Sadly for its workers as well as for the future of book production within Cornwall, MPG Books of Bodmin has gone into administration in the last month with the loss of more than 50 jobs.

Written, and with photographs collected, by motor engineering aficiando Ernie Warmington of Redruth, Cornish Road Transport Through Time, published by Amberley Publishing (Amberley in Sussex being the resting place of ASD Smith/Caradar, by the way) traces its subject from Murdock’s engine, and horse drawn vehicles of various kinds to internal combustion motor vehicles used, and produced in Cornwall.
Road transport Cornwall

sniveslitfestThe St Ives Literature Festival 2013 is running from Saturday 11th – Saturday 18th May. (NB That’s this coming Saturday folks ! :-)) A host of events are to be held at St Ives Arts Club, St Ives Library and Café Art. Books by festival authors are for sale from Harbour Bookshop.

  • Book Launches, Readings and Workshops.
  • Poetry And Music In The Square – daily in Norway Square.
  • Free Speech – Open Floor – daily at Café Art.
  • The Big Frug

    • On Friday 17th May. Local duo Tir ha Tavas, Delia and Dave Brotherton, have teamed up with guests Vaughan Bennett, Peter Burton, former Grand Bard of the Cornish Gorsedd Mick Paynter and fluent Welsh speaker Gareth Parry for an evening of words and music starring the Cornish language, Kernewek, with a tasty serving of Welsh alongside.

      “We will be presenting our personal selection of prose, poetry and song in the old Celtic tongue,” said Delia, “a language almost lost in the mists of time yet one that lives on in the daily life of West Penwith and beyond.”

      Featuring many original compositions, this special evening will be held at the St Ives Arts Club starting at 9pm and marks the first of several events over the coming months to raise the profile of the Cornish language in a performance.

      “The Celtic language of Cornwall is once more being embraced as a symbol of her historic past,” added Delia, “reviving from ancient roots, while ever changing in the hands of the next generation who cherish the old culture and nourish the new.”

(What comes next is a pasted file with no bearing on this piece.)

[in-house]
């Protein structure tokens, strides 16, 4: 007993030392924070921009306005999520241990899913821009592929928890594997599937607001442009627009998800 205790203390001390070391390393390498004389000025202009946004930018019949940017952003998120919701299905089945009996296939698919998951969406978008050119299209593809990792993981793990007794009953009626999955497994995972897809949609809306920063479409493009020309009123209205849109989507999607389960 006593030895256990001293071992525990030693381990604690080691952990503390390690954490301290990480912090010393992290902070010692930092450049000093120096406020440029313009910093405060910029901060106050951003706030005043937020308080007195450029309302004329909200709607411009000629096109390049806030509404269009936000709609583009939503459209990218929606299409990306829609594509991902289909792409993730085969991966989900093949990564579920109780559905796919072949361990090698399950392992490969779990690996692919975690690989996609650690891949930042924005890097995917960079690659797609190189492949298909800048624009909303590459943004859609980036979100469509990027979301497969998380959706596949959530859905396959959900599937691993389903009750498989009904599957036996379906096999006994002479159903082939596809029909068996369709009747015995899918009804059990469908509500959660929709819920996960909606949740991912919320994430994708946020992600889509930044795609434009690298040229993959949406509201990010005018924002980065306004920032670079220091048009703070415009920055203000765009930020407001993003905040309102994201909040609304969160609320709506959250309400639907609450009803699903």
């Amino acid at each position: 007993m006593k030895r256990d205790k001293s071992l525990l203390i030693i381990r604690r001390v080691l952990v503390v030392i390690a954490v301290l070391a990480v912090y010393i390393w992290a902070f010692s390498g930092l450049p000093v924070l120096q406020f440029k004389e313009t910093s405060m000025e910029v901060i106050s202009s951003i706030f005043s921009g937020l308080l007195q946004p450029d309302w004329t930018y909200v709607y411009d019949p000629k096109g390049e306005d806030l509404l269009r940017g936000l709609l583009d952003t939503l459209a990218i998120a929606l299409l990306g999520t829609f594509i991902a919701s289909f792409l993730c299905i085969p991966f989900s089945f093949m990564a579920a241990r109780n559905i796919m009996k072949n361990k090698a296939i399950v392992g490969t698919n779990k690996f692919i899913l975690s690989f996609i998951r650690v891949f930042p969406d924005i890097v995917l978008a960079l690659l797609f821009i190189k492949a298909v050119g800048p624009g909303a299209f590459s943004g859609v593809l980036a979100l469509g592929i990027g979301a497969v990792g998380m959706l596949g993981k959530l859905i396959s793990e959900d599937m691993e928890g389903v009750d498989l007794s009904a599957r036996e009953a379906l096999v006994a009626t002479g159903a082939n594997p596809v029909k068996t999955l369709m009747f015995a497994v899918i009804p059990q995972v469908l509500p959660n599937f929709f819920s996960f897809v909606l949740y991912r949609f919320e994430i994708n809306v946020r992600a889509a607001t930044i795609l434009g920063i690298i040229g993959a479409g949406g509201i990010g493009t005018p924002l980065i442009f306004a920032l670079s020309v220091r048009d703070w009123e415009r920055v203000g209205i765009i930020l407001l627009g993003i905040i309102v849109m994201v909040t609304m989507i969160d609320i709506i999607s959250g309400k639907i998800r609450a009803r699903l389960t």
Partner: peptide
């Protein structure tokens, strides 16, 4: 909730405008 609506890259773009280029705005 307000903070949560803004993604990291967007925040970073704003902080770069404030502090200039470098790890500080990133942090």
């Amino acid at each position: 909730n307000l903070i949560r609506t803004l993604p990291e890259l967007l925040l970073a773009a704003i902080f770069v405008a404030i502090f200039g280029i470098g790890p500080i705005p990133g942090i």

Tickets £6.50, or 5 for £30, are on sale now from Café Art in St Ives, tel 01736 799450, or from the St Ives LitFest organiser on 753899 or from Dee on 799305. There is a full programme with more information on the St Ives Literature Festival website www.stiveslitfest.co.uk


      John Phillips was born in St Ives. His poems pose questions about how we perceive the world through language and the senses, deftly weaving together details of the external world with reflections on the thought processes and on the nature of words. At the St Ives Arts club at 15:00 on the opening day of the festival, Saturday, the 11th May, he will be reading poetry from his work so far.

      His publications include Language Is (Sardines Press, San Francisco, 2005) and What Shape Sound (Skysill Press, Nottingham, 2011). He work has appeared and been reviewed in a variety of magazines in this country, the U.S., Australia, Austria, Japan and Israel; it can also be found in the following anthologies: From Hepworth’s Garden Out (Shearsman Books, Exeter, 2010), Haiku in English: The First Hundred Years (W. W. Norton & Company, New York, 2013), and Succint (Broadstone Books, Frankfort, Kentucky, 2013). He runs Hassle Press, which has published a range of poets.

      Tickets £ 5.00 from Cafe Arts, tel 01736 799450, at the door or ring Jasna Phillips on 07969727040.

Call for submissions for Murder of Krows 2

Posted: April 15, 2013 by lallocropia in news, poetry

Duncan Yeates and Abigail Wyatt are inviting poets and artists to contribute to our next Murder of Krows* anthology.

The submission guidelines are as follows:

1)    All contributors should be resident in Cornwall.

2)    Poetry of a serious nature is looked on more favourably than comic or light-hearted verse.

3)    Please do not submit any more than two poems although there is no limit on length.

4)    All submissions should be e-mailed to either lallocropia@gmail.com or abigailelwyatt@rocketmail.com. Please submit poems as .doc or .pdf attachments where possible.

5)   Artwork can be any style or theme. All work should be black and white and scalable to A5 size. Please submit work as JPEGs.

6)    The closing date for all submissions is 1st June 2013.